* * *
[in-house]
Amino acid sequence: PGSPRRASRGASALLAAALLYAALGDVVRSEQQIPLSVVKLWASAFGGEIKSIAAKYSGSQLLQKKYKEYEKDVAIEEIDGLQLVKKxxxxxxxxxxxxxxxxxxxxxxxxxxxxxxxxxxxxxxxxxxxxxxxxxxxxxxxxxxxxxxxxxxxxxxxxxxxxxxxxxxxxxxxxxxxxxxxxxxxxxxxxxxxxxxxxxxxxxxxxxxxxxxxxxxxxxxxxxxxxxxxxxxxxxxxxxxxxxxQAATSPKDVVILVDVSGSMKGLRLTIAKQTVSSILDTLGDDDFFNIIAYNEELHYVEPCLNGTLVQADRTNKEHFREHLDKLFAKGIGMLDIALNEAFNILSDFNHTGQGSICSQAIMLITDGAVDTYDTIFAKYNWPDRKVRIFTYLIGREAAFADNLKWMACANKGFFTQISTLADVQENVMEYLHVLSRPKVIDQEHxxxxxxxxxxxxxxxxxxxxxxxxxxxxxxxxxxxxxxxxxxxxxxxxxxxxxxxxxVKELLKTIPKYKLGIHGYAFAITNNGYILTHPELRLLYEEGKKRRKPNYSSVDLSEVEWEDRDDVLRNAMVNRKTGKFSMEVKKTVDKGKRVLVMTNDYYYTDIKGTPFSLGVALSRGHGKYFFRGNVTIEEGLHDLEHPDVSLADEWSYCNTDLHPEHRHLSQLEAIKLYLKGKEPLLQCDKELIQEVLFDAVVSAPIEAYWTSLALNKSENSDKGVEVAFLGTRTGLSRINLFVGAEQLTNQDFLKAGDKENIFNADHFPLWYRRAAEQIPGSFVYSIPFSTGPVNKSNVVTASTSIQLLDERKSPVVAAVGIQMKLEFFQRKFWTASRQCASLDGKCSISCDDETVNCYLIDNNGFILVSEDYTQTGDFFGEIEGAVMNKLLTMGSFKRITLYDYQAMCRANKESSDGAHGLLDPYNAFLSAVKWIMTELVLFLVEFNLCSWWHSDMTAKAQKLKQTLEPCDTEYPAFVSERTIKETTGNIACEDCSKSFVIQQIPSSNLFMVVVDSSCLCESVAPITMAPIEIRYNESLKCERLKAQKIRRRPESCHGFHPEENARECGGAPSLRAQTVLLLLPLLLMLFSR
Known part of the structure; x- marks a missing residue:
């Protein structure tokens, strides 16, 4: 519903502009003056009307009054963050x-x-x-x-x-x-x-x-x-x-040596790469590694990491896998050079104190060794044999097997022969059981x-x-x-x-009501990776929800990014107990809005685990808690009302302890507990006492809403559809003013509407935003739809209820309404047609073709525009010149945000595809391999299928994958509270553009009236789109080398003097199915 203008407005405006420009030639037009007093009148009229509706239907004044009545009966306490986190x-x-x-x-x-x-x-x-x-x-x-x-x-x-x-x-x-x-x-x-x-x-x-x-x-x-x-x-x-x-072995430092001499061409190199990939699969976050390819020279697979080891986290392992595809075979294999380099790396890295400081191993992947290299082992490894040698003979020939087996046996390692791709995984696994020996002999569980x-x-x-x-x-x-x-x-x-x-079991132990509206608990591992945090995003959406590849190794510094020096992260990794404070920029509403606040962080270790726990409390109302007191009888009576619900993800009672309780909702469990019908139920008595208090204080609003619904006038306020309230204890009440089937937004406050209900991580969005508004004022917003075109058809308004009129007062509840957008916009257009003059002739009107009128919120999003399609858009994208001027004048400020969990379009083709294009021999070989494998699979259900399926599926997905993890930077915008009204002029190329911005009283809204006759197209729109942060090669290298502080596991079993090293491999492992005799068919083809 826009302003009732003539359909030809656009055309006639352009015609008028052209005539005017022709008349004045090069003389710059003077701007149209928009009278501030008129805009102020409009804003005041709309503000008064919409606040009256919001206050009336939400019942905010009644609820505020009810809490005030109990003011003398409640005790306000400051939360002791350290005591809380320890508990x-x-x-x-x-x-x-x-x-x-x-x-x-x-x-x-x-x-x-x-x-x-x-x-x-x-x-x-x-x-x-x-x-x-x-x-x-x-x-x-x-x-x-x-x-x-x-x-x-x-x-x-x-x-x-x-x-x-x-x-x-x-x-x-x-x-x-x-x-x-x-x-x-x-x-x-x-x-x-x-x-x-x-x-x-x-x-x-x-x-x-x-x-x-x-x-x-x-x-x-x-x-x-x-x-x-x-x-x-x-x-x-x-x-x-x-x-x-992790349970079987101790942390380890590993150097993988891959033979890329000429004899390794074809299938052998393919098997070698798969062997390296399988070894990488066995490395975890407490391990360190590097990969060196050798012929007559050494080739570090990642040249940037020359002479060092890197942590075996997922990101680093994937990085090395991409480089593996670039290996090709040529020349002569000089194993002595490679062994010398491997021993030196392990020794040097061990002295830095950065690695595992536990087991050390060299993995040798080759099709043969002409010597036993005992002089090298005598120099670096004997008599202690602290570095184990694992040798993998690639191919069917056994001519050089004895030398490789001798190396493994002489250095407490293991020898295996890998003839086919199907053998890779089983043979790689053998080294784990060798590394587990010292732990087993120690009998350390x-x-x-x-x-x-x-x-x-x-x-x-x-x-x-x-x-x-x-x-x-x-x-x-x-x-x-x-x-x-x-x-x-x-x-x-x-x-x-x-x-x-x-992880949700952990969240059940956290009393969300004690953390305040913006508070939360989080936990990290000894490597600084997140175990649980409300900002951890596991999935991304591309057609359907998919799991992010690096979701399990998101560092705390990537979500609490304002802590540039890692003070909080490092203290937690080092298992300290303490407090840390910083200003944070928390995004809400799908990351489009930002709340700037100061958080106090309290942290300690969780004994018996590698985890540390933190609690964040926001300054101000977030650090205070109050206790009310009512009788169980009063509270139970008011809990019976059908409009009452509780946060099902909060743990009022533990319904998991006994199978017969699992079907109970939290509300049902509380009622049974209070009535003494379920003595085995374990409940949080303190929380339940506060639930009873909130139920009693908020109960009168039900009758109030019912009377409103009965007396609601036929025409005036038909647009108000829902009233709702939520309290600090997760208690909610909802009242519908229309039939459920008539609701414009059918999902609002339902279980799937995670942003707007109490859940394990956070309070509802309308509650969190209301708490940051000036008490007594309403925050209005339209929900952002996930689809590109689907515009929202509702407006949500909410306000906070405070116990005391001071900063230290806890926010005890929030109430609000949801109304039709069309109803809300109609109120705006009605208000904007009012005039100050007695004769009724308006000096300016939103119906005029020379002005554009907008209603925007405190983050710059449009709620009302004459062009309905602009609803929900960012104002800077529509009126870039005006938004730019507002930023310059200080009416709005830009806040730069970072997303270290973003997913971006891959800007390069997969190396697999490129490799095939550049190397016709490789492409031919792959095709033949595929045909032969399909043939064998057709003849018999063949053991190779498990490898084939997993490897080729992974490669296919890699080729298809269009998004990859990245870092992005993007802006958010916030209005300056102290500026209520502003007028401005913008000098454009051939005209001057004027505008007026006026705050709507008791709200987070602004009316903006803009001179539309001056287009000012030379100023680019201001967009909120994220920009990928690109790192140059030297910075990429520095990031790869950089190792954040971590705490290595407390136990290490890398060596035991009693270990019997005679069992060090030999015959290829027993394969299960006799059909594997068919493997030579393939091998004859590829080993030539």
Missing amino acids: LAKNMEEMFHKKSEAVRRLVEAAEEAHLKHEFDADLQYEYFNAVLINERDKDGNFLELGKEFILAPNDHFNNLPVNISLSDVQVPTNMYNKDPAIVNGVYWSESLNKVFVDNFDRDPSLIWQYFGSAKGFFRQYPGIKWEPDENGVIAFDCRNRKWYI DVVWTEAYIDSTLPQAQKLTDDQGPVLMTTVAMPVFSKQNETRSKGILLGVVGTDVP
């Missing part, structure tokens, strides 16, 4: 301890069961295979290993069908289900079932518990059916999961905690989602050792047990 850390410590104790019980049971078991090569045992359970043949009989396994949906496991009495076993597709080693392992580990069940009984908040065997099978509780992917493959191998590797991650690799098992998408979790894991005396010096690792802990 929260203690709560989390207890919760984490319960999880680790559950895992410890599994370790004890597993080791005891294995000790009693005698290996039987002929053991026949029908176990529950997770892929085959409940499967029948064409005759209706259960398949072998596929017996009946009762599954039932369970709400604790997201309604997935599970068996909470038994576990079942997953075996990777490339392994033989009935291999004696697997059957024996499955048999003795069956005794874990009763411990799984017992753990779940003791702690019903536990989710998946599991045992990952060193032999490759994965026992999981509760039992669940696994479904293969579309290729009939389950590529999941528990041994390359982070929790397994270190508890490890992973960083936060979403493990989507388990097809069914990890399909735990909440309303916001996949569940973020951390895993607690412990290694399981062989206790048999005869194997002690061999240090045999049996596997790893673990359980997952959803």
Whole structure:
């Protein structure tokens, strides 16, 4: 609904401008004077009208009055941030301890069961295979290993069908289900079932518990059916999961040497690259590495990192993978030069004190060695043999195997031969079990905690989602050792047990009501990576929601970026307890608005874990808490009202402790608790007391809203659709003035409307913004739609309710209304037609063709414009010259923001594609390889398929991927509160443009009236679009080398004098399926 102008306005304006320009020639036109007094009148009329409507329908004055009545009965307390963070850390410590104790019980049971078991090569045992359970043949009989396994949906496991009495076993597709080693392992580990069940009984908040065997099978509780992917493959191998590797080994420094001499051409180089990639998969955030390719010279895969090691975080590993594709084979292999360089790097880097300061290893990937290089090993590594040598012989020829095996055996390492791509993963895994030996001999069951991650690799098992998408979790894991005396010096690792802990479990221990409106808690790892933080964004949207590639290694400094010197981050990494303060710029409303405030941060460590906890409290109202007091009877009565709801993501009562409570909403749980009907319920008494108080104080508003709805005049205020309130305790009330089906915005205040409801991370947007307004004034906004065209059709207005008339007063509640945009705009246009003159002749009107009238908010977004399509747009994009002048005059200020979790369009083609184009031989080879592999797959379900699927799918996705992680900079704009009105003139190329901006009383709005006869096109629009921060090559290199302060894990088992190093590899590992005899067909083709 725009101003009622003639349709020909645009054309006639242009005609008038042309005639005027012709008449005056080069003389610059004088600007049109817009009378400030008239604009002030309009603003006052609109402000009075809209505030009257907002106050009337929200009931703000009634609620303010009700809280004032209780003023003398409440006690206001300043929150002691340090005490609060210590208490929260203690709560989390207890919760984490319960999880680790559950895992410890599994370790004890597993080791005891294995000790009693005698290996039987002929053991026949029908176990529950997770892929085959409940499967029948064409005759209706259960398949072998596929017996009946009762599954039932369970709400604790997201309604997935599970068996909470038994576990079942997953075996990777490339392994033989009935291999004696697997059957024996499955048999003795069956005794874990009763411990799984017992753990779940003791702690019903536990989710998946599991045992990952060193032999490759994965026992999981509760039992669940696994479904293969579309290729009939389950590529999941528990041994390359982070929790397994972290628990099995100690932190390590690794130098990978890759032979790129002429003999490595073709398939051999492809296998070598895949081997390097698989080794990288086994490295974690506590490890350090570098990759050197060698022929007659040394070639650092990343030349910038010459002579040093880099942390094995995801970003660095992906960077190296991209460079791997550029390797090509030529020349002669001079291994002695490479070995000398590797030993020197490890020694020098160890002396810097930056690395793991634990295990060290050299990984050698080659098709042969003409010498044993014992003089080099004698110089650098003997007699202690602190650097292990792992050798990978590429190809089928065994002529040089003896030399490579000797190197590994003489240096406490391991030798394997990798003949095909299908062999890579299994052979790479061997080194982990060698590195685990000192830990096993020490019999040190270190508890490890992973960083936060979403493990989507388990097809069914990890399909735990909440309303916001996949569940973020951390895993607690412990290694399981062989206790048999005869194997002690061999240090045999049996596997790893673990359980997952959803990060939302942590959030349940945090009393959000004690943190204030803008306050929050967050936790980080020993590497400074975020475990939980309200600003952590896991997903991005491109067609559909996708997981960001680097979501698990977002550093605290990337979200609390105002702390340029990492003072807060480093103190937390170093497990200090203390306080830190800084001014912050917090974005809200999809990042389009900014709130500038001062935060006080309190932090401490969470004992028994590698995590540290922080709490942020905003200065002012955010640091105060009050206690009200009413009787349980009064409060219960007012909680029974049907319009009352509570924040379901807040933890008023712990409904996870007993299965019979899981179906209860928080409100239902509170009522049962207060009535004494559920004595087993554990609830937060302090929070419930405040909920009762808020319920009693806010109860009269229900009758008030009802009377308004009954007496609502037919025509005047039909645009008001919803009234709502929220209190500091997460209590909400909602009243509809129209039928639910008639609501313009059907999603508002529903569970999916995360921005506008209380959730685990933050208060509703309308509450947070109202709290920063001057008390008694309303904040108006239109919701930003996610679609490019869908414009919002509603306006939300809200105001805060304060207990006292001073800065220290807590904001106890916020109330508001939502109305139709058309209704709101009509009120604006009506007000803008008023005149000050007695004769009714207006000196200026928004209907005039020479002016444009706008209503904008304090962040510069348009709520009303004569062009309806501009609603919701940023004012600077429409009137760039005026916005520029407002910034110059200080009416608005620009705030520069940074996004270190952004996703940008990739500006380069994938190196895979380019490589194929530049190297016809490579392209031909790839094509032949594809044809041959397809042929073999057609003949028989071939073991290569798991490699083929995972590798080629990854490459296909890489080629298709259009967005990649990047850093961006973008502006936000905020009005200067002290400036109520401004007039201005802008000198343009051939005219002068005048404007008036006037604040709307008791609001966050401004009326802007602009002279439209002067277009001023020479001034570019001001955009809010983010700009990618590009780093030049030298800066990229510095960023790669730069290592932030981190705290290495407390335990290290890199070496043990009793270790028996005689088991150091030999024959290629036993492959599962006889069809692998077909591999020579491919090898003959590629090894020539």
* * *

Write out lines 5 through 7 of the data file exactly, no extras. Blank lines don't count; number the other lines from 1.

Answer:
Missing amino acids: LAKNMEEMFHKKSEAVRRLVEAAEEAHLKHEFDADLQYEYFNAVLINERDKDGNFLELGKEFILAPNDHFNNLPVNISLSDVQVPTNMYNKDPAIVNGVYWSESLNKVFVDNFDRDPSLIWQYFGSAKGFFRQYPGIKWEPDENGVIAFDCRNRKWYI DVVWTEAYIDSTLPQAQKLTDDQGPVLMTTVAMPVFSKQNETRSKGILLGVVGTDVP
């Missing part, structure tokens, strides 16, 4: 301890069961295979290993069908289900079932518990059916999961905690989602050792047990 850390410590104790019980049971078991090569045992359970043949009989396994949906496991009495076993597709080693392992580990069940009984908040065997099978509780992917493959191998590797991650690799098992998408979790894991005396010096690792802990 929260203690709560989390207890919760984490319960999880680790559950895992410890599994370790004890597993080791005891294995000790009693005698290996039987002929053991026949029908176990529950997770892929085959409940499967029948064409005759209706259960398949072998596929017996009946009762599954039932369970709400604790997201309604997935599970068996909470038994576990079942997953075996990777490339392994033989009935291999004696697997059957024996499955048999003795069956005794874990009763411990799984017992753990779940003791702690019903536990989710998946599991045992990952060193032999490759994965026992999981509760039992669940696994479904293969579309290729009939389950590529999941528990041994390359982070929790397994270190508890490890992973960083936060979403493990989507388990097809069914990890399909735990909440309303916001996949569940973020951390895993607690412990290694399981062989206790048999005869194997002690061999240090045999049996596997790893673990359980997952959803």
Whole structure: